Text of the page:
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Update: No Injuries After Small Plane Goes Down Near Julian

The pilot was the only person aboard the experimental aircraft that made a hard landing off Eagle Peak Road on Saturday.

This story was updated to reflect that the plane made a hard landing, but did not crash.

A small experimental aircraft made a hard landing Saturday near Eagle Peak near Julian, but its pilot was not injured, authorities said.

Cal Fire crews were dispatched to the downed aircraft in a rural area about 2 miles off Eagle Peak Road shortly before 1 p.m., Battalion Chief Nick Schuler of Cal Fire said.

Preliminary information indicated the Van's RV-10, a single-engine homebuilt plane, made a hard landing on a dirt road about 10 miles east of Ramona and sustained substantial damage, Allen Kenitzer, spokesman for the Federal Aviation Administration said.

What caused the plane to go down was unknown, as was the altitude of the aircraft prior to its rapid descent, according to Schuler.

The pilot was the only occupant of the four-seat aircraft and was not injured, Schuler said. He was taken from the site via San Diego County Sheriff’s Department helicopter.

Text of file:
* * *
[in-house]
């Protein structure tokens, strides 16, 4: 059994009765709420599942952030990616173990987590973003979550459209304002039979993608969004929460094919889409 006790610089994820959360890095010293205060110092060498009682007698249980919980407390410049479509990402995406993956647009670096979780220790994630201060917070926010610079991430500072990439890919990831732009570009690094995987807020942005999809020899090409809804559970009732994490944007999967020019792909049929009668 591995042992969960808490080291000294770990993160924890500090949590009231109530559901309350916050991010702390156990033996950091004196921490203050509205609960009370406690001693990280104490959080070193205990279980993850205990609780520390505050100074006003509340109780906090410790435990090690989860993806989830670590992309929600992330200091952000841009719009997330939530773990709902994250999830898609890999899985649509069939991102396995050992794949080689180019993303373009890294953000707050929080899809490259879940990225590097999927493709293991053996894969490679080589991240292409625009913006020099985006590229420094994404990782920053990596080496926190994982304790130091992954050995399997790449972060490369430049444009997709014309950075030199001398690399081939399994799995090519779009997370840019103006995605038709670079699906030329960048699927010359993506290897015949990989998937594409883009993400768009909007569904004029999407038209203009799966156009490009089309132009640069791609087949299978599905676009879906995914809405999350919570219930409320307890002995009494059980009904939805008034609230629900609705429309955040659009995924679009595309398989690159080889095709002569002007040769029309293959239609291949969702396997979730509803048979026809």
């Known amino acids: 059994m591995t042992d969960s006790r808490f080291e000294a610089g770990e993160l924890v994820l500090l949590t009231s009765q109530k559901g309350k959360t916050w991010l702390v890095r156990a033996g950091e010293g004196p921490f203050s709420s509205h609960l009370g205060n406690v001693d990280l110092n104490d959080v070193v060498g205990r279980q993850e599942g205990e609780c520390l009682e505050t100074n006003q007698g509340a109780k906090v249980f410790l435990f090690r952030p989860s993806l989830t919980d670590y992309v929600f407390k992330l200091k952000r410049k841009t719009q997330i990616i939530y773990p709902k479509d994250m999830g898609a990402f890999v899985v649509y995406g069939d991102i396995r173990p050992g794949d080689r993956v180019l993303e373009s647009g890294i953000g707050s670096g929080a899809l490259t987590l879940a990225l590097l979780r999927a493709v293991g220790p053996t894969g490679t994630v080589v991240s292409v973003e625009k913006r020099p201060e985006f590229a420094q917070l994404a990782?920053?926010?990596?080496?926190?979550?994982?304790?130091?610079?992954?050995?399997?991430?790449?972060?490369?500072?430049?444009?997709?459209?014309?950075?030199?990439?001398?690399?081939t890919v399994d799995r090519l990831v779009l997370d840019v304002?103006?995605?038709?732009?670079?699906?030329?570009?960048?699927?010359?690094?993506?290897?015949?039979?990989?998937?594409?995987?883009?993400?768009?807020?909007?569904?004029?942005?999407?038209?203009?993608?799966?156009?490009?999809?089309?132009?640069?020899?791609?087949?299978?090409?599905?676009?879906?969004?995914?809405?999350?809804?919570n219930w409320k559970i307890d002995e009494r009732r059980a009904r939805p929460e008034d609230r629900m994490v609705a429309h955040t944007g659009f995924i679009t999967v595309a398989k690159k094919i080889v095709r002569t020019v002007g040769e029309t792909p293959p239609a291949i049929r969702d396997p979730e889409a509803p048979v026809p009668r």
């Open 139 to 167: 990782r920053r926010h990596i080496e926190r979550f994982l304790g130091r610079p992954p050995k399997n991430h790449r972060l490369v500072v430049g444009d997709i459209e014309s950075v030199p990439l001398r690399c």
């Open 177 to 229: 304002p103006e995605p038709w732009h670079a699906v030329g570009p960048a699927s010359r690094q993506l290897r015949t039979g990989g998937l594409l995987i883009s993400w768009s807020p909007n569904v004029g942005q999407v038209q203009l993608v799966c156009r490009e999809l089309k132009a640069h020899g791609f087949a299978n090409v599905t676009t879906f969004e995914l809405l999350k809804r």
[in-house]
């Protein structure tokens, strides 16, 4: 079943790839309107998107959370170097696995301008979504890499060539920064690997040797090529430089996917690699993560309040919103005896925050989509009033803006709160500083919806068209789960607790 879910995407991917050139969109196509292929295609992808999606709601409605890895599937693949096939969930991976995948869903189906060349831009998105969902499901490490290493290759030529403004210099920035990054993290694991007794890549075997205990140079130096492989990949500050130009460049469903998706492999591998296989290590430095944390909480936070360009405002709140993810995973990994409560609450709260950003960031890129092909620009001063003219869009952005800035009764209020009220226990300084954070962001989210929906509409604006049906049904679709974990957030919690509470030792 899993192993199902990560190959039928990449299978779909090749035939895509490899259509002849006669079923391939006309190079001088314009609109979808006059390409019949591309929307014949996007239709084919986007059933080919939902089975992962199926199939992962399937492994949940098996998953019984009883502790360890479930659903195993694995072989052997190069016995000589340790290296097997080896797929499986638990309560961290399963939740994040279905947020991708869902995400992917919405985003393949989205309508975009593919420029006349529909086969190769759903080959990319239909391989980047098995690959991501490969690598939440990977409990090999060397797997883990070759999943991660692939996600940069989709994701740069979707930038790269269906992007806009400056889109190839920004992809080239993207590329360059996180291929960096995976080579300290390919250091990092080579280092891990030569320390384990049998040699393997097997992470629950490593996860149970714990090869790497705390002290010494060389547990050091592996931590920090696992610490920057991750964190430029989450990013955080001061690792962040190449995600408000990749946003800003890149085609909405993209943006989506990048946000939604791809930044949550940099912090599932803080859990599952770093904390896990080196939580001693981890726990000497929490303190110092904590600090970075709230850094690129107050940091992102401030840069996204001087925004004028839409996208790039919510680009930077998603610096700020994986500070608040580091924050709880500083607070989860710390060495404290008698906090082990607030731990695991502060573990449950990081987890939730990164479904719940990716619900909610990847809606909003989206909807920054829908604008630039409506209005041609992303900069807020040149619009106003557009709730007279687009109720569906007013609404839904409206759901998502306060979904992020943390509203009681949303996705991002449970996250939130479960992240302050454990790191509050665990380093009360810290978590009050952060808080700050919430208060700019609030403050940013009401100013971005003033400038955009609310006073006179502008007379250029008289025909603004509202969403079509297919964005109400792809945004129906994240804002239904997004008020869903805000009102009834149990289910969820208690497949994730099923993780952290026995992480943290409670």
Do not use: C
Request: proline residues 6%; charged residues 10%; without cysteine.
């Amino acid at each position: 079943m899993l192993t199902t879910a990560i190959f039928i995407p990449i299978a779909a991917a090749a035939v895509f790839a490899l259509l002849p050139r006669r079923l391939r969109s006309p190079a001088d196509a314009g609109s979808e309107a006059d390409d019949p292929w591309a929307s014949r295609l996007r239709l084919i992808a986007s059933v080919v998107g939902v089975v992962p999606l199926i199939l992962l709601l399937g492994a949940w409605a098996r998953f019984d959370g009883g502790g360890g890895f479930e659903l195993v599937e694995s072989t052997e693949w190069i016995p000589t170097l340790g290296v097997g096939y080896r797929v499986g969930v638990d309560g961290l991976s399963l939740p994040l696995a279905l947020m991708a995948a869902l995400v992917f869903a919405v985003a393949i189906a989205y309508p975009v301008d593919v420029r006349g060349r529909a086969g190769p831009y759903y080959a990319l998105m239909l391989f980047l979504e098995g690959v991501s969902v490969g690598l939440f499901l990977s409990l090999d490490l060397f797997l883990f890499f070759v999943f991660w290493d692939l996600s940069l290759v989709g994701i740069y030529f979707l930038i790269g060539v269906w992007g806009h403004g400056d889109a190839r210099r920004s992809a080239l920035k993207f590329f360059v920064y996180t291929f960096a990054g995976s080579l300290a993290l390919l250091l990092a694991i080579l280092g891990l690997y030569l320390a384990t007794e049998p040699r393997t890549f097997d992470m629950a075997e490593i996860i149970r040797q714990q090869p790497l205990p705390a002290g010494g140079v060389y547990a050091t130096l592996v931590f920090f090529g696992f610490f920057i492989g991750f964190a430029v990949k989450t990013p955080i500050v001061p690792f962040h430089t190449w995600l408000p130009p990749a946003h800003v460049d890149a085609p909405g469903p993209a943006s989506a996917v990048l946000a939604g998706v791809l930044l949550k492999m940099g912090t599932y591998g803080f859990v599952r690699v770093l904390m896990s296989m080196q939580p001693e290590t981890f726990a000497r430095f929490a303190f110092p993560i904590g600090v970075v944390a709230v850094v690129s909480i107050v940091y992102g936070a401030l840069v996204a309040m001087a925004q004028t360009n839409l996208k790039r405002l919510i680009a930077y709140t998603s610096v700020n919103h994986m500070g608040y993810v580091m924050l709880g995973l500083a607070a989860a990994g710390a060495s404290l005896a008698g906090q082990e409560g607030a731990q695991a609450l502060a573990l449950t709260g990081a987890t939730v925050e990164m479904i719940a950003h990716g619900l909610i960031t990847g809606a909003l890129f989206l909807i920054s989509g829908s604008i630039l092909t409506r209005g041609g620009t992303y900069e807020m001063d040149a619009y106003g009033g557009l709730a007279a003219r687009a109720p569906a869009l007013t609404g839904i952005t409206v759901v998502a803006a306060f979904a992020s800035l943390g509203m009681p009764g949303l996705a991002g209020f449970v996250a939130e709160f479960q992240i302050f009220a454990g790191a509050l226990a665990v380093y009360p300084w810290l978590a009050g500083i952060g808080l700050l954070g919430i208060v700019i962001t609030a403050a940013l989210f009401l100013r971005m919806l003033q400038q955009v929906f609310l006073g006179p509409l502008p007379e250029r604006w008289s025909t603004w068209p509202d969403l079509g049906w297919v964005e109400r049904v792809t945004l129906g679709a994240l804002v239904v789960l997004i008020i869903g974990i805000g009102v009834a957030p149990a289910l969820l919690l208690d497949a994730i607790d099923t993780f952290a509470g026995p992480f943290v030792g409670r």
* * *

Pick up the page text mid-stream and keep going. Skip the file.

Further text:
Schuler said it was standard to report any incidents involving a downed aircraft to the FAA. The aircraft’s tail number was not immediately available.

Kenitzer said both the FAA and the National Transportation Safety Board were investigating the incident and the NTSB was the lead investigative agency. A NTSB investigator usually posts a basic preliminary report on the ntsb.gov website within a week or two of the incident, although it typically takes months to come up with the probable cause of accidents.

-City News Service

Robert Harris January 06, 2013 at 05:35 PM
I listened to the entire conversation between pilot and tower, Ramona. According to the radio communications on tower frequency, the pilot began slow decent beginning at approximately 10,000 ft above sea level. The aircraft experienced loss of oil pressure, and subsquent engine failure. After maneuveringi for apporximately ten minutes, seeking a decent touch down spot, the pilot realized that there was no flat area on which to land, but miraculously landed on a dirt road, exhibiting top level piloting skills. Another pilot in the Ramona area, coordinated with the tower to intercept the estimated touch down location, immediately locating the pilot who maintaned communications between the downed pilot and tower. The RV series aircraft (Vans Aircraft) are popular among home builders, over 7,000 kits manufactured, and among the most reliable aircraft in existence, so the story goes
christine morgan January 06, 2013 at 07:45 PM
Thanks for the details. Its a great addition to the story.

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